01. Banging one’s head against a brick wall – means trying to do something that will never work, or one who never learns from past mistakes
02. Swimming against the tide – means making life hard for oneself
03. Casting roses before swine – means wasting time on unworthy persons
04. Armed to the teeth – means possessing many weapons
05. To carry fire in one hand and water in the other – means to be two-faced
06. Leave at least one egg in the nest – means to always save something
07. To lead each other by the nose – means to fool each other
08. The die is cast – means the decision has been made
09. To find the dog in the pot – means to be late for dinner and find all the food has been eaten, or to be too late to prevent trouble
10. To gnaw on a single bone – means to constantly talk about the same subject over and over
11. To marry under the broomstick – means to live together without marrying
12. To have a hole in one’s roof – means to be unintelligent
13. Two fools under one hood – means stupidity loves company
14. To run like one’s backside is on fire – means to be in great distress
15. He who eats fire, craps sparks – means the possible outcome of attempting a dangerous venture
16. To toss feathers to the wind – means to work fruitlessly
17. To see bears dancing – means to be starving
18. To fall through the basket – means to have your deception uncovered
19. To barely reach from one bread loaf to another – means to have difficulty living within a budget, or making ends meet
20. To have a toothache behind the ears – means to be avoid work by pretending to be sick, or to be a time waster
The whole chart listing 112 proverbs with a snapshot of that particular part of the painting can be found at http://en.wikipedia.org/wiki/Netherlandish_Proverbs .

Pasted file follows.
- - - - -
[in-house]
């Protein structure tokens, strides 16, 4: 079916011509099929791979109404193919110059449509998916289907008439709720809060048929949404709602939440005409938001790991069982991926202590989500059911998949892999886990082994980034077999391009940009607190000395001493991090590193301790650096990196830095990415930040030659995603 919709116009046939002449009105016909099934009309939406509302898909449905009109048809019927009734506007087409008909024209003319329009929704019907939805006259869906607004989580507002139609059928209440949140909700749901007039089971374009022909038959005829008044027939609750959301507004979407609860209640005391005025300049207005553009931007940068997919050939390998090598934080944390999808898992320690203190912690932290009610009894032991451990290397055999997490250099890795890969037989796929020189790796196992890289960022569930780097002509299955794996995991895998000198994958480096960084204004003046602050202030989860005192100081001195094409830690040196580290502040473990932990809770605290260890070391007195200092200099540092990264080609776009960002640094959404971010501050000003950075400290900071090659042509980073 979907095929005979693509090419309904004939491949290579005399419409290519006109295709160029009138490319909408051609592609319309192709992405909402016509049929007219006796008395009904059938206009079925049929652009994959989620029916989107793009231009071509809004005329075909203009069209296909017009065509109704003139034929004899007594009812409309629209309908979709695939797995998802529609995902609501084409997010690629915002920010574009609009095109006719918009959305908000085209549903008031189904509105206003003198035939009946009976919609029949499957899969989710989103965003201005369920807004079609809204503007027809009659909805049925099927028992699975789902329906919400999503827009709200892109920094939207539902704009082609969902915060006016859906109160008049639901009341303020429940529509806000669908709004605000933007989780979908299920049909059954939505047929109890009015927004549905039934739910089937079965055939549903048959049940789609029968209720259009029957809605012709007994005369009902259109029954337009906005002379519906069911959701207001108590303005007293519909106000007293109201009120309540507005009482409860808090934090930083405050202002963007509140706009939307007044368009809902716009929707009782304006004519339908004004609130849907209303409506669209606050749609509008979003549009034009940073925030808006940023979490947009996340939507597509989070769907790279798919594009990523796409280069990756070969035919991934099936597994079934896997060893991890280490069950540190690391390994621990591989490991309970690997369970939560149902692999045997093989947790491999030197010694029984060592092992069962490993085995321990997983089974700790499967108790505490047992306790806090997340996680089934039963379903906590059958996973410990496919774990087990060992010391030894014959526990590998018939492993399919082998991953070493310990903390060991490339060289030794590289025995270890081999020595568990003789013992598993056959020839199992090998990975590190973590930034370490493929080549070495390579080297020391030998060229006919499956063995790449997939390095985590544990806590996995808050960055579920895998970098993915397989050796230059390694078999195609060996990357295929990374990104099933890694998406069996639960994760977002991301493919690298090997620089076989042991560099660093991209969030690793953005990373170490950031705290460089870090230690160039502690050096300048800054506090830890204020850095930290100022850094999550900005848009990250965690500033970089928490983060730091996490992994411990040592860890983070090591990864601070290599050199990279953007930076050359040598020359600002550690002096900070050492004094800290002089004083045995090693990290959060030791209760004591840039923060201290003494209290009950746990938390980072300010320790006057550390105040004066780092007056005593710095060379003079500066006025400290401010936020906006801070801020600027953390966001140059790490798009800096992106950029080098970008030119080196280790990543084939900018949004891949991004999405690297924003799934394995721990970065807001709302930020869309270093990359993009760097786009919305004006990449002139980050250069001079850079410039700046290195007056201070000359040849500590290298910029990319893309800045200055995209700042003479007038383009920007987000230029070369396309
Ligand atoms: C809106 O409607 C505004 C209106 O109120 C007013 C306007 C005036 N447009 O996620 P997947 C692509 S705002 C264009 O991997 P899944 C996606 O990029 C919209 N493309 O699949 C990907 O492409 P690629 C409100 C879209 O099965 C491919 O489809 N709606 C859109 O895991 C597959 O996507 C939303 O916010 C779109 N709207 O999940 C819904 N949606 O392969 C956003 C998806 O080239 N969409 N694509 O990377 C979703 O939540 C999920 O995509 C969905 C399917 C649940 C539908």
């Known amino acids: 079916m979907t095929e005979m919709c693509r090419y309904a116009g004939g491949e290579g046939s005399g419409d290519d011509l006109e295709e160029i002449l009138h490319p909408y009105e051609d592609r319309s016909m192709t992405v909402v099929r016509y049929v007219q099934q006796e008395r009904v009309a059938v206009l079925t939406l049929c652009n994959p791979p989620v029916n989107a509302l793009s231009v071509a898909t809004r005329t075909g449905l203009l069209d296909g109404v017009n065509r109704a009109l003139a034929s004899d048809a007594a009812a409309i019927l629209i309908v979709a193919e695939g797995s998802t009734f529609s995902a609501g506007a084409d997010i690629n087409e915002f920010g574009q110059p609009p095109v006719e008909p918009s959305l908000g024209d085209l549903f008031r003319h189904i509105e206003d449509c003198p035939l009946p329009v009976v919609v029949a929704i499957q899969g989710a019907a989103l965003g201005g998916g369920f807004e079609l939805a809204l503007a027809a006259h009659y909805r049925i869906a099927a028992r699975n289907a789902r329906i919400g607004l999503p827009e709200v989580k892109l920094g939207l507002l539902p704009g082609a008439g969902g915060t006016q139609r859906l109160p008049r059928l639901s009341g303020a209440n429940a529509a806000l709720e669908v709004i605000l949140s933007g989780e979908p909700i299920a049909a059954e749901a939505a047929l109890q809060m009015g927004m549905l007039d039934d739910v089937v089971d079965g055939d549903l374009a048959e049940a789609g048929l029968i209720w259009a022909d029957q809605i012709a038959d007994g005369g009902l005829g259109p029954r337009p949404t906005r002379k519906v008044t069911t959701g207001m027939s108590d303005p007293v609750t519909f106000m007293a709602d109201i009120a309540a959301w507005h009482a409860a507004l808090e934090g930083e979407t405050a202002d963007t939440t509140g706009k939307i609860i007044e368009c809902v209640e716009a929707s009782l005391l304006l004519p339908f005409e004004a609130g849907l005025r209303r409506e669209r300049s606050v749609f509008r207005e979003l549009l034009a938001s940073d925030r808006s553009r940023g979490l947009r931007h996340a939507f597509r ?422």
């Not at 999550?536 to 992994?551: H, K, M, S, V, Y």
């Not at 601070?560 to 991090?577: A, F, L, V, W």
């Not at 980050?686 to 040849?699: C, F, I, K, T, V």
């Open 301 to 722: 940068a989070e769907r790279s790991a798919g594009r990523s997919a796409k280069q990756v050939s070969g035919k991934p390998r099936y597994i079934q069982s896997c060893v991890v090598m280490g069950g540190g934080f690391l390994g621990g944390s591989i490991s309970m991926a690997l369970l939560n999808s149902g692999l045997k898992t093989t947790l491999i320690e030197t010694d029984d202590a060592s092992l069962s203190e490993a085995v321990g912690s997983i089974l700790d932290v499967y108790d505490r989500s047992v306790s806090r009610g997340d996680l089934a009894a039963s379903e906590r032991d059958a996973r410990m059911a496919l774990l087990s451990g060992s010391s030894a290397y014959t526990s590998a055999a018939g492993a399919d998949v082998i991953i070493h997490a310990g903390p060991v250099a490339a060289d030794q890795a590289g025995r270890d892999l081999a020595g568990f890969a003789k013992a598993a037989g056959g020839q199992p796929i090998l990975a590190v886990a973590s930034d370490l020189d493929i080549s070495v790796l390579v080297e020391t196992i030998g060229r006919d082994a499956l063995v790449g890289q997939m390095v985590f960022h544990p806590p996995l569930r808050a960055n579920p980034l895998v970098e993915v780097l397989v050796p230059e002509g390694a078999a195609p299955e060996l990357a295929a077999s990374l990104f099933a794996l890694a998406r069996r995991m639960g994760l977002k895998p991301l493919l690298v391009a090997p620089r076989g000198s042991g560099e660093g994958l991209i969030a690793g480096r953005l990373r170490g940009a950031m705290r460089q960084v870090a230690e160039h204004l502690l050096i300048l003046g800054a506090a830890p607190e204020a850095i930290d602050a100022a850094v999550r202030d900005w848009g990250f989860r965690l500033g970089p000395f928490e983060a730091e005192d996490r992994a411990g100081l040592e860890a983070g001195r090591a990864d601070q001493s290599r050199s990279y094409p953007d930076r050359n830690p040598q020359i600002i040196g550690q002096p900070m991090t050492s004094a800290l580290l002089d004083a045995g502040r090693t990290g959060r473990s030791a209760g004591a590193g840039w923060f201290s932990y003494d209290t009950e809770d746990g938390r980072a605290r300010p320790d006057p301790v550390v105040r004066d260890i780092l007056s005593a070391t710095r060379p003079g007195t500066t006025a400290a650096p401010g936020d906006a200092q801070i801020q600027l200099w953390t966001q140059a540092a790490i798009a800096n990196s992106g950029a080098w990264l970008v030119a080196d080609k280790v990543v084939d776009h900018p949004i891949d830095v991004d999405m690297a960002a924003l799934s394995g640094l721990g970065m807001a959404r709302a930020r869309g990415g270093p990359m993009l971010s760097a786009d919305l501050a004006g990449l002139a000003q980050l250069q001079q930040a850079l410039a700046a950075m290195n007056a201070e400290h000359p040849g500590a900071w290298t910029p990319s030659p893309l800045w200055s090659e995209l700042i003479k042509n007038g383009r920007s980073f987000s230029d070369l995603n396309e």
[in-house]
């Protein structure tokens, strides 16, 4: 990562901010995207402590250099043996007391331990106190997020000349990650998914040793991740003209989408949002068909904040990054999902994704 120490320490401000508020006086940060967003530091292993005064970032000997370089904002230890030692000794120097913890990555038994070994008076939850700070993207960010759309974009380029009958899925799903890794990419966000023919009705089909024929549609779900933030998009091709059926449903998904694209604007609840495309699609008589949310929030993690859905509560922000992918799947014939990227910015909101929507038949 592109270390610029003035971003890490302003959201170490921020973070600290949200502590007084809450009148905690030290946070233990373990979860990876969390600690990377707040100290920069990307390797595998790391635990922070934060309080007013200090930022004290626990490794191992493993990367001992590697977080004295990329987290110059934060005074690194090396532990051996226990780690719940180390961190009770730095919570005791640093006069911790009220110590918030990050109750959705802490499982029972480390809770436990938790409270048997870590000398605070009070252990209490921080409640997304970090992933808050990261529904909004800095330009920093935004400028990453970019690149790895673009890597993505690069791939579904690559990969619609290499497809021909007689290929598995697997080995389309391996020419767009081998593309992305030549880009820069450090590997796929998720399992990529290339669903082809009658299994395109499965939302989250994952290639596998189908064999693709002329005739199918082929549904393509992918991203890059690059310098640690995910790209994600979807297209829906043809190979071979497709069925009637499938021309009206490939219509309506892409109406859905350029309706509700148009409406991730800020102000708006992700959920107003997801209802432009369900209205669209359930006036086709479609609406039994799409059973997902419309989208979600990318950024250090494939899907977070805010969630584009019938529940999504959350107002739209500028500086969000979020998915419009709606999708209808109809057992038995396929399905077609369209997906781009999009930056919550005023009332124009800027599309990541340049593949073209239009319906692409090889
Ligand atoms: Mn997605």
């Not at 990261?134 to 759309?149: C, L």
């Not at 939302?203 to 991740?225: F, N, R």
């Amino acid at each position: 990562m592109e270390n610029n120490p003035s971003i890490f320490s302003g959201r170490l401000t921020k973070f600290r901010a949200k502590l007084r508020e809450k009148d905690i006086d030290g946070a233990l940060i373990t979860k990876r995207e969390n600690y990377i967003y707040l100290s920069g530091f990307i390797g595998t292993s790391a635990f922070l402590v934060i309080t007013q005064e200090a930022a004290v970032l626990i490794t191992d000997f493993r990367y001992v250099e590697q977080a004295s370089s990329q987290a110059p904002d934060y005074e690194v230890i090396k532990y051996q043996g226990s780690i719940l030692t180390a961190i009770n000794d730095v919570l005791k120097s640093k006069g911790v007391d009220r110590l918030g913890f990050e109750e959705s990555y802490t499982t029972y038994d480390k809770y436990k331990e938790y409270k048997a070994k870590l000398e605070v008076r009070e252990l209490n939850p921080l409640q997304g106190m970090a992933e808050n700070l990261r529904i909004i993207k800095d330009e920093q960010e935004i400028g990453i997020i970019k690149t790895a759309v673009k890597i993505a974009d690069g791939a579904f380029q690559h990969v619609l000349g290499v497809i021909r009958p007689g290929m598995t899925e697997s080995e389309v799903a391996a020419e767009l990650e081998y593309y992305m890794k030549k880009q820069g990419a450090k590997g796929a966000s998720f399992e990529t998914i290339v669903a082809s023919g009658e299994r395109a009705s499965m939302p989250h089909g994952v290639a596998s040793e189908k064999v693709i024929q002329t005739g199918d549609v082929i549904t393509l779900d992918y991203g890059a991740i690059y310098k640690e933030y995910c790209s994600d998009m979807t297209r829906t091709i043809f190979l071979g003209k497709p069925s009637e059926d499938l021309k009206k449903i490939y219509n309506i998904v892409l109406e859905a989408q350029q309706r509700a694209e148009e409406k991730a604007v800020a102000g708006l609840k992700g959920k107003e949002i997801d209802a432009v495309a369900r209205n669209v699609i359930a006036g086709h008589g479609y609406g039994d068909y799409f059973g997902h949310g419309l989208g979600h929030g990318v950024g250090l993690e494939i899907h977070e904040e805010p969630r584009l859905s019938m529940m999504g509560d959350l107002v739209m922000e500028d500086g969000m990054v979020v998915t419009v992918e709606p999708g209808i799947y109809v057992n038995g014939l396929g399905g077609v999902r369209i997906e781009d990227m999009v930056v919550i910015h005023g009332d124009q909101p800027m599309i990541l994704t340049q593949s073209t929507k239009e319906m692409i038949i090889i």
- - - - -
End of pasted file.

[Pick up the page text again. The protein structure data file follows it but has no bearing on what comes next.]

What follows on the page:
Many of the illustrations are mere depictions of mankind’s foolish and impossible ways; such as the man carrying daylight in a basket, and the one who is pissing against the moon. The central figure of a woman placing a blue birdlike cloak on a man was a symbol for her cuckolding her husband; which in the old days meant she was cheating on him and having an affair behind his back.
Finally, my original question: “Why are there pies of the roof?” was answered as actually “Having one’s roof tiled with tarts”, which symbolizes someone who is very wealthy or to have an abundance of everything.
The theme within this painting, Netherlandish Proverbs, is directly tied to the style of Humanism. Humanists of the Northern Renaissance had more interest in religious ideas than in the secular. Desiderius Erasmus of Holland wrote Familiar Conversations and the Praise of Folly which poked fun at greedy businessmen, scholars and priests. In this painting, there were many humorous depictions of foolish behavior as well as more serious ones which were meant to illustrate the danger of human weaknesses which lead to sin.
This painting was successful not only because there were at least 20 different copies made by his son, but also because of the impact of the development of the print industry after Brueghel’s death. This allowed people to own prints of this painting and others; more of these were ordinary citizens, not just the wealthy.